Allan Takes Aim Blog

Canberra beware: spin doctors swarming

Posted on: 10 March 2010


Published The Chronicle, Canberra, Tuesday March 2, 2010

The swarms of spin doctors gathering in Canberra indicate a Federal election is due. But be advised also that to avoid their spin affecting your mental health, you might be wise to go on retreat to a Trappist monastery, a place where idle talk is not encouraged.

Believe it or not but in the early nineties before Alastair Campbell became chief spin doctor for British PM Tony Blair, a New York Rock group, the Spin Doctors, were deafening or delighting people – depending on their taste in music – with a couple of records “Two Princes” and “Little Miss Can’t Be Wrong”. And no, Kevin Rudd and Wayne Swan are not dopplegangers of the two princes nor is the second title spelled wrongly: it is Wrong not Wong.

So what is a spin-doctor? Campbell styled himself Director of Communications and Strategy, which ties up with the definition in the pocket size modern English Oxford Dictionary that says a spin-doctor is a person who publicizes favourable interpretations of the words and actions of public figures [especially, but not exclusively, politicians].

In other words, spin doctors make statements for politicians whose relationship to the truth is, by any measure, tenuous. Increasingly it is also becoming the practice for politicians to do their own spin doctoring a practice that many of them often come to regret when later it becomes obvious the statement they made is a millstone round their neck.

While I have no argument with the OED’s short definition of spin doctor I think the words of Quintus Tullius Cicero (102 BC – 43 BC), younger brother of the celebrated orator, philosopher and statesman, Marcus Tullius Cicero, define more accurately and elegantly, who and what is a spin doctor.

Although not comparing Quintus Tullius’s words describing a spin doctor to those of the OED, were QT around today I think he might stand in awe at how his advice of centuries ago has been adopted by public relations advisers to Prime Ministers, Ministers, Opposition Leaders, Shadow Ministers and very ambitious back bench politicians. Could it be that all of them have read Quintus’s advice? “Lastly, take care that your whole candidature is full of éclat, brilliant, splendid, suited to the popular taste, presenting a spectacle of the utmost dignity and magnificence. See also, if possible, that some new scandal is started against your competitors for crime or looseness of life or corruption, such as is in harmony with their characters.”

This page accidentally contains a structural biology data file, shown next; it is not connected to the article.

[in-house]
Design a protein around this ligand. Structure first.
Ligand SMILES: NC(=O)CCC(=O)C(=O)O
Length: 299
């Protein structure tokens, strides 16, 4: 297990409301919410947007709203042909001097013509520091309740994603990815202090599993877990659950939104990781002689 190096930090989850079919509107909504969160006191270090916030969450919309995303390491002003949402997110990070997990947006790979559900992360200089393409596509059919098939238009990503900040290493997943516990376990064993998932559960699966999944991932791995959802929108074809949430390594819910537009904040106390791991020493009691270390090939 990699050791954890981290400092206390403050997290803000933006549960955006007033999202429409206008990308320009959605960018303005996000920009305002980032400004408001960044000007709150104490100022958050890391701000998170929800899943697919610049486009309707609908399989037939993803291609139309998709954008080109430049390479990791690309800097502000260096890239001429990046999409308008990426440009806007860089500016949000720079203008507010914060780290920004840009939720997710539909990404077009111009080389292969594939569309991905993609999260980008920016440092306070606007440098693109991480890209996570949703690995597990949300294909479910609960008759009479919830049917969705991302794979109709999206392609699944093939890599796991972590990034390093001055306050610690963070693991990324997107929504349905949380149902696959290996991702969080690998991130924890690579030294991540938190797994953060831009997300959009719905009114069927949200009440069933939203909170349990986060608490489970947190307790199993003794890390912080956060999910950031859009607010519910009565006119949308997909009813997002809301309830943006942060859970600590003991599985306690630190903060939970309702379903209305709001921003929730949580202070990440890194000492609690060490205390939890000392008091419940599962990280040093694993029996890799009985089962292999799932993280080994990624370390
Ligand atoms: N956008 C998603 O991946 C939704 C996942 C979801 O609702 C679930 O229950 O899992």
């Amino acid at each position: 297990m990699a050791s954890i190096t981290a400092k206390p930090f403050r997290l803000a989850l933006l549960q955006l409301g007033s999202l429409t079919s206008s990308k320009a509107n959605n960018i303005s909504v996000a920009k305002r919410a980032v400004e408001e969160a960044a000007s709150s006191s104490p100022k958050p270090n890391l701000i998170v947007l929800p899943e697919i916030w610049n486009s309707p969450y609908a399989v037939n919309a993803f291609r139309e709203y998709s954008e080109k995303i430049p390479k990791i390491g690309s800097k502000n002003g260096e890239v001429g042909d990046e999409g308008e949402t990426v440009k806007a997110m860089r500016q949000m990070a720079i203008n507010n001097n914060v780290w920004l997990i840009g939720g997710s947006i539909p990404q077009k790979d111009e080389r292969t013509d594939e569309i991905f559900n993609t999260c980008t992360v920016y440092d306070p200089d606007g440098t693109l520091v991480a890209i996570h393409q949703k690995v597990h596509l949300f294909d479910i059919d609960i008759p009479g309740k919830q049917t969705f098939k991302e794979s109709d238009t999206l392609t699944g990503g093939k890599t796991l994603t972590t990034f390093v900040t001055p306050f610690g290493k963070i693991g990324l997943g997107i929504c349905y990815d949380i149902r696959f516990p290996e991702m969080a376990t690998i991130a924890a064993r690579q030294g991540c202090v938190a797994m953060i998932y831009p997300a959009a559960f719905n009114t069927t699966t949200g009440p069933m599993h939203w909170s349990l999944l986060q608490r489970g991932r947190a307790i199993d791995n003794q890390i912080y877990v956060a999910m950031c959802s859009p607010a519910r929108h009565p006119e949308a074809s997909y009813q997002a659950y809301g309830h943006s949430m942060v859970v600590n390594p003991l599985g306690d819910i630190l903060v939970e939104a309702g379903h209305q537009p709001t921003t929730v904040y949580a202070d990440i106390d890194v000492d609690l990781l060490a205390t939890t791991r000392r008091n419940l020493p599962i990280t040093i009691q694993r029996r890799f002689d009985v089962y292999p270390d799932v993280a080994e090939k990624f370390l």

Spin doctoring, of course, is not the exclusive to federal politics; even if they have never heard of Quintus Tullius, advisers to both State and Territory politicians are also practitioners. Indeed I am inclined to think spin doctoring is a genetic condition that gets passed on from generation to generation. At the same time, and based on the amount of spin doctoring that goes on today, it would seem to be a highly contagious condition.

Worse, it is now difficult to distinguish between spin doctoring and genuine policy something I’ve noticed in the ACT Government. In fact so difficult is it to make the distinction I’ve come to the conclusion that the Government’s media minders have read the Quintus Tullius quote, which is why when being interviewed by the press, radio or TV, MLAs always make positive statements about how well the Government’s heath, housing, education and planning programmes et al, are working, even when obvious to voters they are not.

Take the more “affordable” homes programme. Government says it is a success. Unfortunately the beneficiaries of this success are not Canberra’s homeless or building tradesmen but unemployed interstate building tradesmen who move to Canberra because of shortages in this area. And even some “poor” developers will benefit.

The spin doctoring then continues as Government claims its Live in Canberra Campaign is a success, citing population increase as evidence. The truth is that much of the population increase is due to the temporary influx of the skilled building workers who on arrival, are rewarded by the Chief Minister with free cinema tickets, free restaurant meals and free activities for their children.

As for being free, I can only say that in the context of the foregoing, free is nothing less than spin doctoring.
dca@netspeed.com.au
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